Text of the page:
JUST as they were getting back on their feet after losses incurred at the start of the year, Islands Souvenirs must cope with another crisis—the six-month closure of Boracay Island.
Jonathan Jay Aldeguer, president and chief executive officer of The Islands Group, said five outlets of Islands Souvenirs will be temporarily closed as a result of Boracay’s closure starting on April 26.
This would mean revenue losses for six months and temporary migration of some of its employees to other store locations of Islands Souvenirs in Cebu.
“We will definitely be affected by the six-month closure, but I think it’s a necessary evil. I just hope that they execute efficiently and expeditiously with the proper infrastructure in place,” he said.
Islands Souvenirs Boracay is one of the top performers of the Islands Souvenirs’ chain of stores. It makes up 15 percent of the chain’s total sales.
Aldeguer assured they will take care of the affected employees, most of whom have been with them for years.
“All of them will be transferred to Cebu with a couple left behind to monitor progress,” he said.
Early this year, Islands Souvenirs incurred revenue losses after a big fire hit the Metro Department Store and Supermarket in Ayala Center Cebu. The fire paralyzed mall operations for 12 days.
Meanwhile, Wennie Sancho, secretary general of General Alliance of Workers Association (Gawa), said Thursday that they want an assurance from the Department of Labor and Employment (Dole) and other agencies for the implementation of corresponding interventions, mainly livelihood.
Sancho reiterated that this “unfortunate” event will affect at least 17,000 registered workers in Boracay, on top of thousands of those in the informal sector.
“The government should have concrete measures before the scheduled closure on April 26,” he said, adding that “it involves the economic welfare of the workers and their family.
Gawa, along with other labor groups and unions in Western Visayas, earlier sent a resolution through the Presidential Action Center appealing to the President to hold in abeyance the planned closure of the island.
Sancho said they submitted the resolution, also signed by Philippine Agriculture Commercial and Industrial Workers Union (Paciwu) national president Hernane Braza, on March 6 but they received no response.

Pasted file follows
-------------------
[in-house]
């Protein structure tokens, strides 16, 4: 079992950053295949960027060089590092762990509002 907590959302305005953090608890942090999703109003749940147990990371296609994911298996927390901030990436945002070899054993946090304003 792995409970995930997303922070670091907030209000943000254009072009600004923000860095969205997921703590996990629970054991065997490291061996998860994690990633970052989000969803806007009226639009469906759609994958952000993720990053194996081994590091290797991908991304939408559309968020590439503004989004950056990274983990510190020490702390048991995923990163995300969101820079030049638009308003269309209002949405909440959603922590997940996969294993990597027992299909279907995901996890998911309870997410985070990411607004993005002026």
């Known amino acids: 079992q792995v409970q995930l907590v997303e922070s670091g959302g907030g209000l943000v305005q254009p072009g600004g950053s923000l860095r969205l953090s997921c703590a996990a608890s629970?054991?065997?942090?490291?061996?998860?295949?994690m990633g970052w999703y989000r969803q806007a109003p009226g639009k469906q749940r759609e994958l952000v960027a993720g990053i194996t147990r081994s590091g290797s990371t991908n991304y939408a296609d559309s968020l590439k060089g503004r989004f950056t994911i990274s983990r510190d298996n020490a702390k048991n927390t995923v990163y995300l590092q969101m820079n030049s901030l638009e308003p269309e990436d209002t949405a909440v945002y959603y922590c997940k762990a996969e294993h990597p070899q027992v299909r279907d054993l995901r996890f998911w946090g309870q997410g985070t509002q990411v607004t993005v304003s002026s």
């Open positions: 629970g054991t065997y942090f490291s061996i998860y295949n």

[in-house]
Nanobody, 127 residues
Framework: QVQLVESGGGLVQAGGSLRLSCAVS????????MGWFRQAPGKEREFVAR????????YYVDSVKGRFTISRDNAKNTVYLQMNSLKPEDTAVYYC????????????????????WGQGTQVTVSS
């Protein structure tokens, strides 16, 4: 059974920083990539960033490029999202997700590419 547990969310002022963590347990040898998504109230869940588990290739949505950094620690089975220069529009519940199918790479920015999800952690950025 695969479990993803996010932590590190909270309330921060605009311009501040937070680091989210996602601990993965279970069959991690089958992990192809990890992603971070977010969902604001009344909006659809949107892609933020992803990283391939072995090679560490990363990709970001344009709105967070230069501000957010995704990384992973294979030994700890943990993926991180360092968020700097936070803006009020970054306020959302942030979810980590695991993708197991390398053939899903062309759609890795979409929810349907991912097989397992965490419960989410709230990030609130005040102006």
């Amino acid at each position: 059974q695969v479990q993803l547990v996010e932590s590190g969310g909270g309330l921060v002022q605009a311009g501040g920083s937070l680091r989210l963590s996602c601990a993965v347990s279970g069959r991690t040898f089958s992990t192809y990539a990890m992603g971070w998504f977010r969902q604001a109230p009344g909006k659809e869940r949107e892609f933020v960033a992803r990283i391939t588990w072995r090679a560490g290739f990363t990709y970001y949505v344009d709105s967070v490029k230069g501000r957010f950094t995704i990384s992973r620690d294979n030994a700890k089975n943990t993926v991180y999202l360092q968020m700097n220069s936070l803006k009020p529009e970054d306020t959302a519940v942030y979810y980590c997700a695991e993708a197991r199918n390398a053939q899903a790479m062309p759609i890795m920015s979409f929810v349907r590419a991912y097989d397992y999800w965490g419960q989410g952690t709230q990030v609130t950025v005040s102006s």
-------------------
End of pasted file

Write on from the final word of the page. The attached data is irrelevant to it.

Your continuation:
“No matter how we try to ask the President, we find that our voice is in the wilderness,” he added.
While it seems that the “presidential prerogative” is already irrevocable, the labor group still banks on other government agencies that can push for a staggered closure only.
Sancho said they hope the National Economic Development Authority (Neda), Department of Trade and Industry (DTI), and Dole will convince the President to close Boracay in phases.
Sancho said the total closure would greatly hit the labor workforce, who are mostly coming from various provinces in the region, including Negros Occidental.
“We will highlight this Boracay issue during the Labor Day celebration on May 1,” he said, adding the labor sector will underscore whether there are really concrete measures taken by the government as regards its pronouncement on providing livelihood to displaced workers.
The temporary closure is seen as a short-term solution to address environmental woes hounding the island.
The DOT said it would work closely with Dole to address the livelihood concerns of locals as the island is rehabilitated.
Tourism Secretary Wanda Teo said they are already looking into alternative means of livelihood and employment for the community.
Some P56 billion in tourist receipts are at stake with the restoration of the island. Boracay welcomed over two million local and foreign tourists last year.
DOT Western Visayas Director Helen Catalbas, in a previous report, said that most of the workers in the island are from other places like Cebu, Negros, Manila, and other provinces in Luzon.
The agency is also studying tax holidays and incentives for those businesses and employees affected. (with SunStar Philippines)